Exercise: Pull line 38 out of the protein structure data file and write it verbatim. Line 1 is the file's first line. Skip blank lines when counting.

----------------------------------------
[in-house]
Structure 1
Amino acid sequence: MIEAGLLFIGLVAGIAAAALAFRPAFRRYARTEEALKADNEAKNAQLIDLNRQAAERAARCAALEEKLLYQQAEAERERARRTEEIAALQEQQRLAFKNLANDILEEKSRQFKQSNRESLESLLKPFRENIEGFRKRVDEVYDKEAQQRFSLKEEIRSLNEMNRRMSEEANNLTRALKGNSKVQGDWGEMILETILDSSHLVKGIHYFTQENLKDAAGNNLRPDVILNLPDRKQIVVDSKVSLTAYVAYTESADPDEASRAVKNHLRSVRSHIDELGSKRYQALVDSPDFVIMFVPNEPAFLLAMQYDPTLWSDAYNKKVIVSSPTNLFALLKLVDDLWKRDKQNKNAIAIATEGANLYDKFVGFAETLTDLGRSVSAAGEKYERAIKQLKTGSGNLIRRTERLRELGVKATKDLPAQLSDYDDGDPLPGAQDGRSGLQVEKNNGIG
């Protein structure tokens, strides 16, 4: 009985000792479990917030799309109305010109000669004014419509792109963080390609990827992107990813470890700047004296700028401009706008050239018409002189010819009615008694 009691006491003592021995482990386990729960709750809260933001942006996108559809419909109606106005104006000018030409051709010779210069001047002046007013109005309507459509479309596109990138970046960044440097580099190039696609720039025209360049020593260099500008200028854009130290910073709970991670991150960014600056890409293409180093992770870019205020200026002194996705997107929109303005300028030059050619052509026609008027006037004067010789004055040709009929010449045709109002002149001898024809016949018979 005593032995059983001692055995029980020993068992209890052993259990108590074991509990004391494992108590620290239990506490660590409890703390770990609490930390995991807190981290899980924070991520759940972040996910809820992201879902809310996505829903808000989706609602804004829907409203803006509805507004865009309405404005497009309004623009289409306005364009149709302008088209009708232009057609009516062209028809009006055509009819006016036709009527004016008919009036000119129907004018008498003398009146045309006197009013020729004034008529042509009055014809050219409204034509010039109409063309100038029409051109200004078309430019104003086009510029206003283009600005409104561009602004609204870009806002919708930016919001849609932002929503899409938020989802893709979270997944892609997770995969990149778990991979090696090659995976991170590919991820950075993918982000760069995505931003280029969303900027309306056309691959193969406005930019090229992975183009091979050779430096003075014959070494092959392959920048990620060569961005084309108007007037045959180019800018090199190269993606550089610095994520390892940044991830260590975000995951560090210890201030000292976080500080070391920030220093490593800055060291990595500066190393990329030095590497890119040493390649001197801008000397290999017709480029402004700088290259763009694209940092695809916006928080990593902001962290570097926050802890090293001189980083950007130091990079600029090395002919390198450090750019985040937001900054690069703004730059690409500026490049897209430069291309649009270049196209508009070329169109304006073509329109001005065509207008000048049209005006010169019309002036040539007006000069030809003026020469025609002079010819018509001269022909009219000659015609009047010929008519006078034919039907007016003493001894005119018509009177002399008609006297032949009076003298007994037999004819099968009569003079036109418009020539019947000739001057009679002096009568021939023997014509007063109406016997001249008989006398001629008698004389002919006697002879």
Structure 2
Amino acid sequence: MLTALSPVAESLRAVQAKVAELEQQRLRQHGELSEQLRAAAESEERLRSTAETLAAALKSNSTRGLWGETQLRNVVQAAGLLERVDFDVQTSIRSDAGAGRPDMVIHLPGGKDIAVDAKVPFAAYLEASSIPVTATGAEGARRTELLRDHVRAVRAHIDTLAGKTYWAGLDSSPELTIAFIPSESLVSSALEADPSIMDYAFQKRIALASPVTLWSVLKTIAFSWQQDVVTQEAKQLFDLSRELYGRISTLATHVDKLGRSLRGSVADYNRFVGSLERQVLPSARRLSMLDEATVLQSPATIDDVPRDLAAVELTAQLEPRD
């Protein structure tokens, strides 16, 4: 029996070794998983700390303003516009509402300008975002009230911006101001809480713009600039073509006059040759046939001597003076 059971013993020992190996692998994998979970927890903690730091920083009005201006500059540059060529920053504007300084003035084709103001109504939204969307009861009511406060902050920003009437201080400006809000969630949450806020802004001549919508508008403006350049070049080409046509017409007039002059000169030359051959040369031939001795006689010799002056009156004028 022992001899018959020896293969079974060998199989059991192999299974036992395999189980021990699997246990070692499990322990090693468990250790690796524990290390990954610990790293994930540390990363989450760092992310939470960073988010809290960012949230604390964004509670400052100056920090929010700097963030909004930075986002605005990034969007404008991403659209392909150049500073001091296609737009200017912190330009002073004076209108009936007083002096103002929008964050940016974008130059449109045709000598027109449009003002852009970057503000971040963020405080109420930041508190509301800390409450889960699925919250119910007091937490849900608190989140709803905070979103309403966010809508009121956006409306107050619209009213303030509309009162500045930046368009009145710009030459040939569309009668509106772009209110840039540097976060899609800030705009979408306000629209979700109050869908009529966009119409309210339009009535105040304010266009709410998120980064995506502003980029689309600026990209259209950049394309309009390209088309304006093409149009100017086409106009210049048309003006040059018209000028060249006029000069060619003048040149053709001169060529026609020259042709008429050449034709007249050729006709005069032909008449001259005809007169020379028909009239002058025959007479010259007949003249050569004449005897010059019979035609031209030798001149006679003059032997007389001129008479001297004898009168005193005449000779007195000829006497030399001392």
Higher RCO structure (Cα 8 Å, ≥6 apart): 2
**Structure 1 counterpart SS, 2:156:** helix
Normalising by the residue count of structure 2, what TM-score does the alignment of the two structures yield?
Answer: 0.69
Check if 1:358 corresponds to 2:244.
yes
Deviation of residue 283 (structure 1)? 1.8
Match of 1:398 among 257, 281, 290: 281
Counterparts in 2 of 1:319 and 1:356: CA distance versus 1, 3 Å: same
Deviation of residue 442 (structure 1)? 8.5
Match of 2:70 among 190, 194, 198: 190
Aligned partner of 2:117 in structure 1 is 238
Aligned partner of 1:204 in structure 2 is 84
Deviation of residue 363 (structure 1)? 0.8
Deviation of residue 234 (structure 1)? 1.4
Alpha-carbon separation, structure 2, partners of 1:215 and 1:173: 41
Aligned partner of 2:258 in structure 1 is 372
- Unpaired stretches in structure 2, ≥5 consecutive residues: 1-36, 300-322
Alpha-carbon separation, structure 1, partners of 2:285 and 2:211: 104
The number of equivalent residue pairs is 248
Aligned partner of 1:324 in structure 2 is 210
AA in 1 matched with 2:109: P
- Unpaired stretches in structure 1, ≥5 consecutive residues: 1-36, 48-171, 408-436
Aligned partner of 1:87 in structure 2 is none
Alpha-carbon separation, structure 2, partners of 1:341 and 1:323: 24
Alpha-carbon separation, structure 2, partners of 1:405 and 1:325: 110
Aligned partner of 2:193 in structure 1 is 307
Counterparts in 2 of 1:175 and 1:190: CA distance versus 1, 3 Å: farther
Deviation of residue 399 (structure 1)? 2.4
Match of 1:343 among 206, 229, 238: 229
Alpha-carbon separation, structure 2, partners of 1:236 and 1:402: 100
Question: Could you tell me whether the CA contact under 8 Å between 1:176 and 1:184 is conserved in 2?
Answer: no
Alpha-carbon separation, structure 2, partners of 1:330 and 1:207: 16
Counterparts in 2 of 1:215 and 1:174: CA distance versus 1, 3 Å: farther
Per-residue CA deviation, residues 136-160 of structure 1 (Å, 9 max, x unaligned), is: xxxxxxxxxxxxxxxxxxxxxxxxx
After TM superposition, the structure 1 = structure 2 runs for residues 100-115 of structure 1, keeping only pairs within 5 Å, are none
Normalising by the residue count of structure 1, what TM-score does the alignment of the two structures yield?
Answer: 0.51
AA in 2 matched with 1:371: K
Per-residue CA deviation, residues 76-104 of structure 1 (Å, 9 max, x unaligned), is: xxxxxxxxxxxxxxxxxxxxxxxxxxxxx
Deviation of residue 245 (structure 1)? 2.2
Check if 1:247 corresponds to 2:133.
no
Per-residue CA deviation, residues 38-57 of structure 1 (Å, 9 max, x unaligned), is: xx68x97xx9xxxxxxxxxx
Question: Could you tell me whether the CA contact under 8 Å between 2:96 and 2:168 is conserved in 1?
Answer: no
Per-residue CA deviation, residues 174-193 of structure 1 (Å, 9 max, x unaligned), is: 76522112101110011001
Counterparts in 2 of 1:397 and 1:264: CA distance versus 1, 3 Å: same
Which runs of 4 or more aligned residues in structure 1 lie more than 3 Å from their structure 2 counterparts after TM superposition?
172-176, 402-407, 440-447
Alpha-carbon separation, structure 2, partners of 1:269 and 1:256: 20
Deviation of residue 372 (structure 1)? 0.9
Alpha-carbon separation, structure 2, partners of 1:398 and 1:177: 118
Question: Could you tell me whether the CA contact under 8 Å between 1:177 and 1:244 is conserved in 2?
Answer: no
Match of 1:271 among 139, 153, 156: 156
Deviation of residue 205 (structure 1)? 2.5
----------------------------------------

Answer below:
Alpha-carbon separation, structure 2, partners of 1:236 and 1:402: 100